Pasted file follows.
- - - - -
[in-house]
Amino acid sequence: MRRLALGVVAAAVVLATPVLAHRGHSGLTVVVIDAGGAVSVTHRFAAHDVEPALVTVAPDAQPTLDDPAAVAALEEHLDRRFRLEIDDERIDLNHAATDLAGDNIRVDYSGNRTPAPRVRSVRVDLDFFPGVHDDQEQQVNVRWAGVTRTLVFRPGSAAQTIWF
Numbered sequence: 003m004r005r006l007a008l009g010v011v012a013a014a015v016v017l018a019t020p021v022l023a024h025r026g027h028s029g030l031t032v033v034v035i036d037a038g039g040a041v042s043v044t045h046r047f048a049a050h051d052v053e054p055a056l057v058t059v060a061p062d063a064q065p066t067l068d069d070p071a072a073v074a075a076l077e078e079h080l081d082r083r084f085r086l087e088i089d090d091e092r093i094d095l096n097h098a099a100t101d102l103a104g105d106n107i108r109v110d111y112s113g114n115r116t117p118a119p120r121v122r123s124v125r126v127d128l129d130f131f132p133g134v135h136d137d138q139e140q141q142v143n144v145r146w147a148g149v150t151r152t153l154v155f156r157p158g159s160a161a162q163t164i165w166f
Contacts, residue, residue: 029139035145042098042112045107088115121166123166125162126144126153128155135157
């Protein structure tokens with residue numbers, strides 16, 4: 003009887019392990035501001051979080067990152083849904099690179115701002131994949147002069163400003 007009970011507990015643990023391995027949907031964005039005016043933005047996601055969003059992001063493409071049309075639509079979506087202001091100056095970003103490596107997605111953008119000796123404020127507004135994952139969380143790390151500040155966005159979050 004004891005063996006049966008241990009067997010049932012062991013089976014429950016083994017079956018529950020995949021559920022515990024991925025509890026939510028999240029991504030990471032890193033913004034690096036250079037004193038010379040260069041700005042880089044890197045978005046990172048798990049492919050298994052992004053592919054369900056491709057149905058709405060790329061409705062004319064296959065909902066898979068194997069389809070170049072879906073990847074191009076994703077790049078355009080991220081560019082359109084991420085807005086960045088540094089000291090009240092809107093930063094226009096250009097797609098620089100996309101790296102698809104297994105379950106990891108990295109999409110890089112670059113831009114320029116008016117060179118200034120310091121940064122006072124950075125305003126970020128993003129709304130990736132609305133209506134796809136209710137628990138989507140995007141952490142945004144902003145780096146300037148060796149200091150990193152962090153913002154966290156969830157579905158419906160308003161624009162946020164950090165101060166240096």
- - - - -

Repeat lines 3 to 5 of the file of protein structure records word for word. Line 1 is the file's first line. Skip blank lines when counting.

Numbered sequence: 003m004r005r006l007a008l009g010v011v012a013a014a015v016v017l018a019t020p021v022l023a024h025r026g027h028s029g030l031t032v033v034v035i036d037a038g039g040a041v042s043v044t045h046r047f048a049a050h051d052v053e054p055a056l057v058t059v060a061p062d063a064q065p066t067l068d069d070p071a072a073v074a075a076l077e078e079h080l081d082r083r084f085r086l087e088i089d090d091e092r093i094d095l096n097h098a099a100t101d102l103a104g105d106n107i108r109v110d111y112s113g114n115r116t117p118a119p120r121v122r123s124v125r126v127d128l129d130f131f132p133g134v135h136d137d138q139e140q141q142v143n144v145r146w147a148g149v150t151r152t153l154v155f156r157p158g159s160a161a162q163t164i165w166f
Contacts, residue, residue: 029139035145042098042112045107088115121166123166125162126144126153128155135157
């Protein structure tokens with residue numbers, strides 16, 4: 003009887019392990035501001051979080067990152083849904099690179115701002131994949147002069163400003 007009970011507990015643990023391995027949907031964005039005016043933005047996601055969003059992001063493409071049309075639509079979506087202001091100056095970003103490596107997605111953008119000796123404020127507004135994952139969380143790390151500040155966005159979050 004004891005063996006049966008241990009067997010049932012062991013089976014429950016083994017079956018529950020995949021559920022515990024991925025509890026939510028999240029991504030990471032890193033913004034690096036250079037004193038010379040260069041700005042880089044890197045978005046990172048798990049492919050298994052992004053592919054369900056491709057149905058709405060790329061409705062004319064296959065909902066898979068194997069389809070170049072879906073990847074191009076994703077790049078355009080991220081560019082359109084991420085807005086960045088540094089000291090009240092809107093930063094226009096250009097797609098620089100996309101790296102698809104297994105379950106990891108990295109999409110890089112670059113831009114320029116008016117060179118200034120310091121940064122006072124950075125305003126970020128993003129709304130990736132609305133209506134796809136209710137628990138989507140995007141952490142945004144902003145780096146300037148060796149200091150990193152962090153913002154966290156969830157579905158419906160308003161624009162946020164950090165101060166240096």